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I'm torn.

#1
I'm torn whether to get the inductrix fpv rtf or the eachine racer 250 rtf or the eachine wizard x220. I'm just starting with fpv and drone flying in general. I want to know which one is better for the price. Please tell me or recommend a good starter fpv drone.

Thanks in advance.

P.S. I want to know how to get into fpv at a low price.
 
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Epitaph

Ebil Filleh Pega-Bat ^.^
Mentor
#2
Hi, and welcome to the forums!!

What you need to think about is where you are going to be flying and under what weather conditions, because you are mentioning the Inductrix (which I assume you mean to turn into a Tiny Whoop) on one hand which is just a small 1S indoor flyer that will fly outside if there is virtually no wind, and then on the other hand mention 250 class quads which are no good for indoor (t least inside the house). If you are looking at the little micro sized ones, like the Inductrix in size, there are plenty of small FPV quads around the $60 mark BNF with all the camera stuff on them and everything if you want to try out before getting into something more expensive like a Tiny Whoop.

If you are just starting in FPV and quads, then expect to crash, so you should look for something that is resistant in crashes... if you are more leaning towards a larger, 240 class quad, then it might be worth investing in an HMB235 frame from MultiRC, as they are virtually indestructible, and IF you manage to destroy the frame, they will replace it!! Of course, you would need to shop around for the electronics to keep the price low, but it is possible and would last you a long time!

When you say getting into FPV at a low price, what do you mean? Are you talking about just the model, or are you in need of goggles/screen too? If you need goggles, and you hurry, Hobbyking have a pair of goggles on their 11-11 sale still at a very reasonable price!! https://hobbyking.com/es_es/cyber-november/visionplus-goggle-only-us-24-99.html
 
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ElectriSean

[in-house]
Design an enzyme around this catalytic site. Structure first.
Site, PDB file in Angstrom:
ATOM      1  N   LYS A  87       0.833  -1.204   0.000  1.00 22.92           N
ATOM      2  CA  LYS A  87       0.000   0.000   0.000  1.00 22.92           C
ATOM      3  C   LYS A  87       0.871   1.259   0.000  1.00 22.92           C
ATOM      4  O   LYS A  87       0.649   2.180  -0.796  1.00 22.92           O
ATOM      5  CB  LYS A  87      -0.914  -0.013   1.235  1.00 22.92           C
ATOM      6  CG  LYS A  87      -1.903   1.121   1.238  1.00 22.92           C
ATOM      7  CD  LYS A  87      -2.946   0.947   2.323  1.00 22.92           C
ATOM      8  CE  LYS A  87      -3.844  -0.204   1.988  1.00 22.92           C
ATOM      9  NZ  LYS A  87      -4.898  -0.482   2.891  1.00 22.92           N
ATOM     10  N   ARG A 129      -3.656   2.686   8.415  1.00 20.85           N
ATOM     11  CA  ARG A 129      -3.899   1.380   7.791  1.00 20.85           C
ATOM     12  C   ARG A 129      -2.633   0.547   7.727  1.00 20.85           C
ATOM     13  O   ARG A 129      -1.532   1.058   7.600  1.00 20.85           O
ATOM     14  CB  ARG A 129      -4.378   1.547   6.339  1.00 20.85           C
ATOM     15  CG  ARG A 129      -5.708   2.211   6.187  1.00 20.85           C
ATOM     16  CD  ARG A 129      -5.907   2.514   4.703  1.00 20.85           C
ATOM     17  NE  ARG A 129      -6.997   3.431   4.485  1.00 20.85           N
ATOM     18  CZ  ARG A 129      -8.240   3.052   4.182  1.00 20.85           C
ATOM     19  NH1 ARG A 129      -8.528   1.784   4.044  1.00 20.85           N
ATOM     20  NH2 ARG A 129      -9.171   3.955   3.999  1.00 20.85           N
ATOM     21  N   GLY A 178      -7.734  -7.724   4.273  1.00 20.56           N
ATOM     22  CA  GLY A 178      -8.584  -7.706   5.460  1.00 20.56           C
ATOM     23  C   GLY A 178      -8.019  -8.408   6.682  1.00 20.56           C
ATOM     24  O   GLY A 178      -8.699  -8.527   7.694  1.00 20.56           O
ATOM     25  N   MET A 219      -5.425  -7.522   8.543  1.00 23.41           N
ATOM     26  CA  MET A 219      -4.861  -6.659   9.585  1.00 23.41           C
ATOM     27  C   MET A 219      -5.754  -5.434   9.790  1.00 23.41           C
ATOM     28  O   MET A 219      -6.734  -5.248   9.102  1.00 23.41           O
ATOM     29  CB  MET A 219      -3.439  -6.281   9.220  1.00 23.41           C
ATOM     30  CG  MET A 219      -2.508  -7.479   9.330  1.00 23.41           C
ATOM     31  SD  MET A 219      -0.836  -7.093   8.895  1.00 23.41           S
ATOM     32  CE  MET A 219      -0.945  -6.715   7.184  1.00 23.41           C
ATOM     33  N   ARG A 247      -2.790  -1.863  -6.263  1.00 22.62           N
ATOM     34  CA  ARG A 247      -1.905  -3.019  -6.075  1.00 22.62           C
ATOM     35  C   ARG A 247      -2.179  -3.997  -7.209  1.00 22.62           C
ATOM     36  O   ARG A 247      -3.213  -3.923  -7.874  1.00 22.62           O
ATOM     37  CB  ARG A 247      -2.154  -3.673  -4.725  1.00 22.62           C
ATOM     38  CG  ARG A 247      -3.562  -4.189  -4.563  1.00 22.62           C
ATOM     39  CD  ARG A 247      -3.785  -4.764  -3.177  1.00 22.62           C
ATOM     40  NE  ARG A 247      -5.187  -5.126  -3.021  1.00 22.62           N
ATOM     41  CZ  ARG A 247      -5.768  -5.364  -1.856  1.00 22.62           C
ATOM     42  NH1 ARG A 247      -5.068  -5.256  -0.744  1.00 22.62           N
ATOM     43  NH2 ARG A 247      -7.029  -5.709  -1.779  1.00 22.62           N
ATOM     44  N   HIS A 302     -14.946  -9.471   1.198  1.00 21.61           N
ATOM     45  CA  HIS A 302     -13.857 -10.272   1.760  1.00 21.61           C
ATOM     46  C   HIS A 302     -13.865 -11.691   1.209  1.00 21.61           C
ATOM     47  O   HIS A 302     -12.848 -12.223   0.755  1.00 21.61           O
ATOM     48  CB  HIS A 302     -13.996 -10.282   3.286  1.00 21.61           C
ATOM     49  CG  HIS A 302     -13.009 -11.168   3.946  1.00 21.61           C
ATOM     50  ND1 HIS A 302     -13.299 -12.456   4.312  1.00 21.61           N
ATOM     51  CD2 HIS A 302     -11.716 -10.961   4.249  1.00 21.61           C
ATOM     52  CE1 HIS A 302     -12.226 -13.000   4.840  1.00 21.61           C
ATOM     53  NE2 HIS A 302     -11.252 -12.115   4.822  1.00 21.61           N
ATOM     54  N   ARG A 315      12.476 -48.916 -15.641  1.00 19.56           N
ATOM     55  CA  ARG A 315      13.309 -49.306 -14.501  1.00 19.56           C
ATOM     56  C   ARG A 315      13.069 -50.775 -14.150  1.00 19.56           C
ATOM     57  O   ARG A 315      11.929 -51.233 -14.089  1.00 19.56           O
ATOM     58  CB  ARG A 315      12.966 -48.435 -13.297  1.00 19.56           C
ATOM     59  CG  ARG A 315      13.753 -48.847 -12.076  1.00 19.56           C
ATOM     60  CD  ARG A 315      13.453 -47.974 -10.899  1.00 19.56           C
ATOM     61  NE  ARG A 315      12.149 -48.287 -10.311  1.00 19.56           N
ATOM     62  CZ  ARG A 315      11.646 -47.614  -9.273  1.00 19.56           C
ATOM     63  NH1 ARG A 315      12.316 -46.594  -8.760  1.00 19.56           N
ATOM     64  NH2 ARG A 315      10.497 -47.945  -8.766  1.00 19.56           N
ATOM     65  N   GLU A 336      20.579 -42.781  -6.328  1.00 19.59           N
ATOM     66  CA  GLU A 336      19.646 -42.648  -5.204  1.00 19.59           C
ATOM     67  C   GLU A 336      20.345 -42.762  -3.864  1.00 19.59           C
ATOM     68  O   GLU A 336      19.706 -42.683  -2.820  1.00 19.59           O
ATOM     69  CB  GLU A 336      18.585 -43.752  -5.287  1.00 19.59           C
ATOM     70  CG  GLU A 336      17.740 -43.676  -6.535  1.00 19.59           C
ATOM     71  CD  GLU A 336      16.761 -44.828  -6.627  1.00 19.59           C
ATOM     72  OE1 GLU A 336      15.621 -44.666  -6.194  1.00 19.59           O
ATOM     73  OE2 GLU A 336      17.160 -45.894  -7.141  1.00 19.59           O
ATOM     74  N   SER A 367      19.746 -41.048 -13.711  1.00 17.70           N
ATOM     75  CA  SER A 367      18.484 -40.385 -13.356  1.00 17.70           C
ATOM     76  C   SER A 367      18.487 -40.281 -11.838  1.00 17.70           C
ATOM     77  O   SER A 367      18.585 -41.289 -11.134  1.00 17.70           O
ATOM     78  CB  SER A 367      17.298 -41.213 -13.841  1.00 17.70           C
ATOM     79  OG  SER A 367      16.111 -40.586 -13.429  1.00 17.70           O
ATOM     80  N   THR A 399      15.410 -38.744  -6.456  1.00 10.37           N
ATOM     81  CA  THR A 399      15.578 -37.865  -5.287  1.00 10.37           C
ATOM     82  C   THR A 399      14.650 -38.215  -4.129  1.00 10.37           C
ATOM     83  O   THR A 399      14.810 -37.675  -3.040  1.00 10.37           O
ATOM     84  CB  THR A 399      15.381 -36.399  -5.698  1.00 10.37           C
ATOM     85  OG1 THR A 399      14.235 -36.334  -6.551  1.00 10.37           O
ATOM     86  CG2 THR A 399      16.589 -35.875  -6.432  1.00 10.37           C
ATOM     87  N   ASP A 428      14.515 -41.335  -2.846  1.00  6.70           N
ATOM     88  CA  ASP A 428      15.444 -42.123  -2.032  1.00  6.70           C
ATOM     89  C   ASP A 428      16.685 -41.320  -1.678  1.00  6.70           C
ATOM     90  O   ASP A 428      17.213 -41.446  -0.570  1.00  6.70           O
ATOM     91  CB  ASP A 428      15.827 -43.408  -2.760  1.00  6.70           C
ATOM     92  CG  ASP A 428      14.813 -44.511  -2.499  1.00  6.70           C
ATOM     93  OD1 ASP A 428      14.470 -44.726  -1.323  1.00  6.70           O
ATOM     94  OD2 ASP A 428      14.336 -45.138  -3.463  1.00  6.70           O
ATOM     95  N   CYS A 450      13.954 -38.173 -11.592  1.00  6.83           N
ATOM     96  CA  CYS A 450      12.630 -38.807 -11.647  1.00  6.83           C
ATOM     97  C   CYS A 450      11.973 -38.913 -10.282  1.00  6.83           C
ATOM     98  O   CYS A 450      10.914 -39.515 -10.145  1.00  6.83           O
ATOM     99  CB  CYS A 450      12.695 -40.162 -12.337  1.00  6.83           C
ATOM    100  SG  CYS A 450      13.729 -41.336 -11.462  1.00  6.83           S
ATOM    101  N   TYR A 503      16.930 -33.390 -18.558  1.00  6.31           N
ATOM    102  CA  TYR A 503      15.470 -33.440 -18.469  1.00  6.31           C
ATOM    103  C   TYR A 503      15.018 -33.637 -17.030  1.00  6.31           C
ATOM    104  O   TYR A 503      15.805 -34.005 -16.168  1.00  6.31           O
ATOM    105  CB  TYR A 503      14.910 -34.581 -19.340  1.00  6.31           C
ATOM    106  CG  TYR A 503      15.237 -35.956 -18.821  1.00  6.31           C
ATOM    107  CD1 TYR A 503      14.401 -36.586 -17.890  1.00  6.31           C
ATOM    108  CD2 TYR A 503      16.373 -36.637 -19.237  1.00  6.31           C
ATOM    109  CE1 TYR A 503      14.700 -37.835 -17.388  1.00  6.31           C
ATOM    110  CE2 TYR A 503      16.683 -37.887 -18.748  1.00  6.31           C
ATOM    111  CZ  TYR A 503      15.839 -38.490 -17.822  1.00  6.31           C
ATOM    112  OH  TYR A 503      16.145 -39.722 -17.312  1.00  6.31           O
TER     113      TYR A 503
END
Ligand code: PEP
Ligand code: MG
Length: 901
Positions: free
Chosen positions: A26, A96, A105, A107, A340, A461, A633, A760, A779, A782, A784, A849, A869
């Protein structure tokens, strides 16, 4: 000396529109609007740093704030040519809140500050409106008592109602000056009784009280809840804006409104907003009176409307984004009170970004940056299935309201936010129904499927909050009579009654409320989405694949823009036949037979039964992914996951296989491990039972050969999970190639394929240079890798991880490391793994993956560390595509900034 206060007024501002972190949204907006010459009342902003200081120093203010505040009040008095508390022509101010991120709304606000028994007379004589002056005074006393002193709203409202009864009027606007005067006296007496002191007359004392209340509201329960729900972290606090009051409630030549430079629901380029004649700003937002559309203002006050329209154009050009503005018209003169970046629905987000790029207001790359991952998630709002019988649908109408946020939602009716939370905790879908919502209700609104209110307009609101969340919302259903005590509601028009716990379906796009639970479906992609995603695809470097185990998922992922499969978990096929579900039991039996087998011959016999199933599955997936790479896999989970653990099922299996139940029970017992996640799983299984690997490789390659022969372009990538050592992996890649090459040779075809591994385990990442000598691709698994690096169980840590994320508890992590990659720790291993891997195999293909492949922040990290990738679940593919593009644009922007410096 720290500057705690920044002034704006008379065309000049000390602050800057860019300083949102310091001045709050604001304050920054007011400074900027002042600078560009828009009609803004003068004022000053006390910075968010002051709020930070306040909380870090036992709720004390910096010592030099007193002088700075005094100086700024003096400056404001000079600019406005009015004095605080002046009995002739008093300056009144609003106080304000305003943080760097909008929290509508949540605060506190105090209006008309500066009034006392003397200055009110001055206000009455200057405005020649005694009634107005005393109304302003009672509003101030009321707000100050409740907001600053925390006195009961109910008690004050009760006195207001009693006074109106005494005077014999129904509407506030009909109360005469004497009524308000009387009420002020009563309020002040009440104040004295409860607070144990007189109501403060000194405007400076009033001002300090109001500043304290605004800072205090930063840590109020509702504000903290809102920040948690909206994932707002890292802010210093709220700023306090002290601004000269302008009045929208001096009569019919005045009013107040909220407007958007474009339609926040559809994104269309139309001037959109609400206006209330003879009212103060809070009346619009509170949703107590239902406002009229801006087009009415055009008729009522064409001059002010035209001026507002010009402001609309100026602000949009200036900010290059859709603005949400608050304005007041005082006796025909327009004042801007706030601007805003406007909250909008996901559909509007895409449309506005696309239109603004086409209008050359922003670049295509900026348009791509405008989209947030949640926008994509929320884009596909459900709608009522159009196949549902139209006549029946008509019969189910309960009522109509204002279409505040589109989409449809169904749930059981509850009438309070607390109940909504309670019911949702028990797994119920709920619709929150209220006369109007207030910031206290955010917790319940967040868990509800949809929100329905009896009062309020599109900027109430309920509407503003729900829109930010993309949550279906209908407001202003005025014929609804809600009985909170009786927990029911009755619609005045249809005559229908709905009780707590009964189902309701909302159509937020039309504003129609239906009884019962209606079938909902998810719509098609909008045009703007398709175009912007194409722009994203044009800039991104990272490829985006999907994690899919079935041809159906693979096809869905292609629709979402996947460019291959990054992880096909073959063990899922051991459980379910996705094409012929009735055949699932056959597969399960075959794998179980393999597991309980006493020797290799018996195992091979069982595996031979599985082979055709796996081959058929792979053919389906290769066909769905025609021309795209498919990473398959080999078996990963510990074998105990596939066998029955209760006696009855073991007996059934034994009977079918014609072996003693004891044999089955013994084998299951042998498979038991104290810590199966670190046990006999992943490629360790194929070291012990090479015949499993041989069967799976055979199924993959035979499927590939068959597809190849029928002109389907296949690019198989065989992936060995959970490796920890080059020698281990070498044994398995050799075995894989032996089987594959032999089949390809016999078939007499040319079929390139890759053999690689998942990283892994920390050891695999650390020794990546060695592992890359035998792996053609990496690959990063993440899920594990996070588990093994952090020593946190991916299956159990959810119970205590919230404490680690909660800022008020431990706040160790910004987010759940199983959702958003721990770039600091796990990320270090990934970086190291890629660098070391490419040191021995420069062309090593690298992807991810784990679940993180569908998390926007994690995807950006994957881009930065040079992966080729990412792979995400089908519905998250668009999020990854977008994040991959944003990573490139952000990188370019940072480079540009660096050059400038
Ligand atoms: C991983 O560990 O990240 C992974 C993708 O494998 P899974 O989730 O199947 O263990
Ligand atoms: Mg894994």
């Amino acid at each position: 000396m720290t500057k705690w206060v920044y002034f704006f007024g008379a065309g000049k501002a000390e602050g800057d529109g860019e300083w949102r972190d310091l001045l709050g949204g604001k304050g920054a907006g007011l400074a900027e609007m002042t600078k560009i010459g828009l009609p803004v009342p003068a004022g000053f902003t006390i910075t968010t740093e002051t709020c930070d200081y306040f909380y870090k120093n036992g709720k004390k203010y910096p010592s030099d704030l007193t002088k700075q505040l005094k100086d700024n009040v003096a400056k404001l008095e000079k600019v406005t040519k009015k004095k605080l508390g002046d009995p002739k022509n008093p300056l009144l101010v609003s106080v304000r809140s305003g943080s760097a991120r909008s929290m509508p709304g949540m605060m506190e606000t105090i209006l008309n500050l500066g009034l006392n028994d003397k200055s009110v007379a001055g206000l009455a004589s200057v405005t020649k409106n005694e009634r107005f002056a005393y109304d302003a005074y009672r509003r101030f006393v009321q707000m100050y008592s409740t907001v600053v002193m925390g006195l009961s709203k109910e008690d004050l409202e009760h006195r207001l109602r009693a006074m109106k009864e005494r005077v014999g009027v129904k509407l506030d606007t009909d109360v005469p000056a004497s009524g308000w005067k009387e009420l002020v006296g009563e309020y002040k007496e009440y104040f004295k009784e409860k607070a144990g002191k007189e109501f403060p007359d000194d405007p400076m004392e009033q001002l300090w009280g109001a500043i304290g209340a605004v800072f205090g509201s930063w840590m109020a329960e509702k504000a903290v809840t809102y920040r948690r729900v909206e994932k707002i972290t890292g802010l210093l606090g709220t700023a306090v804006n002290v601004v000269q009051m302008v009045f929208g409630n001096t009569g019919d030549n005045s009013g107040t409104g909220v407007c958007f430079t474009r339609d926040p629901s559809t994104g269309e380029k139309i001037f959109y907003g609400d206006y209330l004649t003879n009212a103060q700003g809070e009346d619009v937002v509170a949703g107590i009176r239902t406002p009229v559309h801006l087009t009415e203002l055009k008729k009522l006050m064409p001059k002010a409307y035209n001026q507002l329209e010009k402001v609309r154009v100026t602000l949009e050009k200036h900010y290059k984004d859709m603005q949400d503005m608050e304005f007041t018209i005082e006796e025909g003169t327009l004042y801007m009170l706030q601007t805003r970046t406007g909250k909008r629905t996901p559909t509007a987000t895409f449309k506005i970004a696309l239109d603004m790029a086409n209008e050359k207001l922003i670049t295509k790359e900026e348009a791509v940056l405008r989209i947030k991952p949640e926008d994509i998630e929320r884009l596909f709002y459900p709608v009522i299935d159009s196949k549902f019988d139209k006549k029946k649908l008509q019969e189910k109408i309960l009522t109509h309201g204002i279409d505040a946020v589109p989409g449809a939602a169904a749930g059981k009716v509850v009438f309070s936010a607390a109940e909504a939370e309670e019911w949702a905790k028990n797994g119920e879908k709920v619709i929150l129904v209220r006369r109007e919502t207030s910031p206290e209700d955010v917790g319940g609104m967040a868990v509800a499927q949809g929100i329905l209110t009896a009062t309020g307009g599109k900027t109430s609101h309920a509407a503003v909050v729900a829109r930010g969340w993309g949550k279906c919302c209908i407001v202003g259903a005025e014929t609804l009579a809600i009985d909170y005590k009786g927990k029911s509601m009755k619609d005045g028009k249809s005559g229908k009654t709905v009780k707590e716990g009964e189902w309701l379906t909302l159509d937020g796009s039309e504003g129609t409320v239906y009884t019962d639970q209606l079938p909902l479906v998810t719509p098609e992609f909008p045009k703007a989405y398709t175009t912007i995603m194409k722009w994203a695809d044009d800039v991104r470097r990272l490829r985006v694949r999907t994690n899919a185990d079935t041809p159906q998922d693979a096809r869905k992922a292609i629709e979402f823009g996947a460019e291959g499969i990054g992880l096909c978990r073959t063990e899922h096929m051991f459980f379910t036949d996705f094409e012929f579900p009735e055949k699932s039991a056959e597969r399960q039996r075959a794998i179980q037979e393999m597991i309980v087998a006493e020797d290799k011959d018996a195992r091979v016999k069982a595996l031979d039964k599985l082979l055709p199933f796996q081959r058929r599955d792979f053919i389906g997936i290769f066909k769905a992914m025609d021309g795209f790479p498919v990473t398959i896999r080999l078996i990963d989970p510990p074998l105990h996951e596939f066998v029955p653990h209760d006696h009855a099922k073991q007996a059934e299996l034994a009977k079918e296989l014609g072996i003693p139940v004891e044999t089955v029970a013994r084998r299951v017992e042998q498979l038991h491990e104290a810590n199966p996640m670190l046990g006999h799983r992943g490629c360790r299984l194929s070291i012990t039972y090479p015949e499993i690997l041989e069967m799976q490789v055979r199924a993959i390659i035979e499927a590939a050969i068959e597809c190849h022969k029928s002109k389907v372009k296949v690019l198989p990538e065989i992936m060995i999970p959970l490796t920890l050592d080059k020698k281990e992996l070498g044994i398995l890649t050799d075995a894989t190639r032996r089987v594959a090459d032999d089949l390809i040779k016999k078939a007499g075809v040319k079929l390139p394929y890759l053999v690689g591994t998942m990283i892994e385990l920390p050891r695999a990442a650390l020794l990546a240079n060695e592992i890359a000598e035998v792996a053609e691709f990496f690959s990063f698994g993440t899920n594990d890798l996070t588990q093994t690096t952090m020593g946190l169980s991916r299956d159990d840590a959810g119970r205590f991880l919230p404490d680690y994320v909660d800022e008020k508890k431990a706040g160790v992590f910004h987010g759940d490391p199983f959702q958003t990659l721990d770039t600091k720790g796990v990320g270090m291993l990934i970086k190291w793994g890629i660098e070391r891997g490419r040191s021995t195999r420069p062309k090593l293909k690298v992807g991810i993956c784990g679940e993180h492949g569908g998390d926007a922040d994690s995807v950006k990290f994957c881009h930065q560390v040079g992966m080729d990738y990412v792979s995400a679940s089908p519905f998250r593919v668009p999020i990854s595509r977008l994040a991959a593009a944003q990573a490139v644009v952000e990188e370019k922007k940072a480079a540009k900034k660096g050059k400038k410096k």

Eternal Student
Mentor
#3
Avoid the eachine racer, it is pretty much garbage. The wizard is a whole other story, looks pretty solid from the reviews I've seen. Mine is currently on the slow boat ;) The inductrix fpv is pretty awesome, but as Epitaph says, it's not much good outside.
 

Snarls

Gravity Tester
Mentor
#4
If you live in an area with snowy/cold winters I would recommend the inductrix to start off with. That way you will get some comfortable FPV and flying practice indoors over the winter instead of having to brave the cold to learn to fly. Then in the spring you can upgrade to a larger machine like the wizard.

If you have moderate winters than I would go for the wizard first. You'll break more stuff learning to fly, but it will provide a better entrance into mini/racing quads than the inductrix will.
 
#5
If you live in an area with snowy/cold winters I would recommend the inductrix to start off with. That way you will get some comfortable FPV and flying practice indoors over the winter instead of having to brave the cold to learn to fly. Then in the spring you can upgrade to a larger machine like the wizard.

If you have moderate winters than I would go for the wizard first. You'll break more stuff learning to fly, but it will provide a better entrance into mini/racing quads than the inductrix will.
Thanks! I live in Washington, so it is windy and rainy all the time. I will consider this.
 
#6
At this last part,

Hi, and welcome to the forums!!

What you need to think about is where you are going to be flying and under what weather conditions, because you are mentioning the Inductrix (which I assume you mean to turn into a Tiny Whoop) on one hand which is just a small 1S indoor flyer that will fly outside if there is virtually no wind, and then on the other hand mention 250 class quads which are no good for indoor (t least inside the house). If you are looking at the little micro sized ones, like the Inductrix in size, there are plenty of small FPV quads around the $60 mark BNF with all the camera stuff on them and everything if you want to try out before getting into something more expensive like a Tiny Whoop.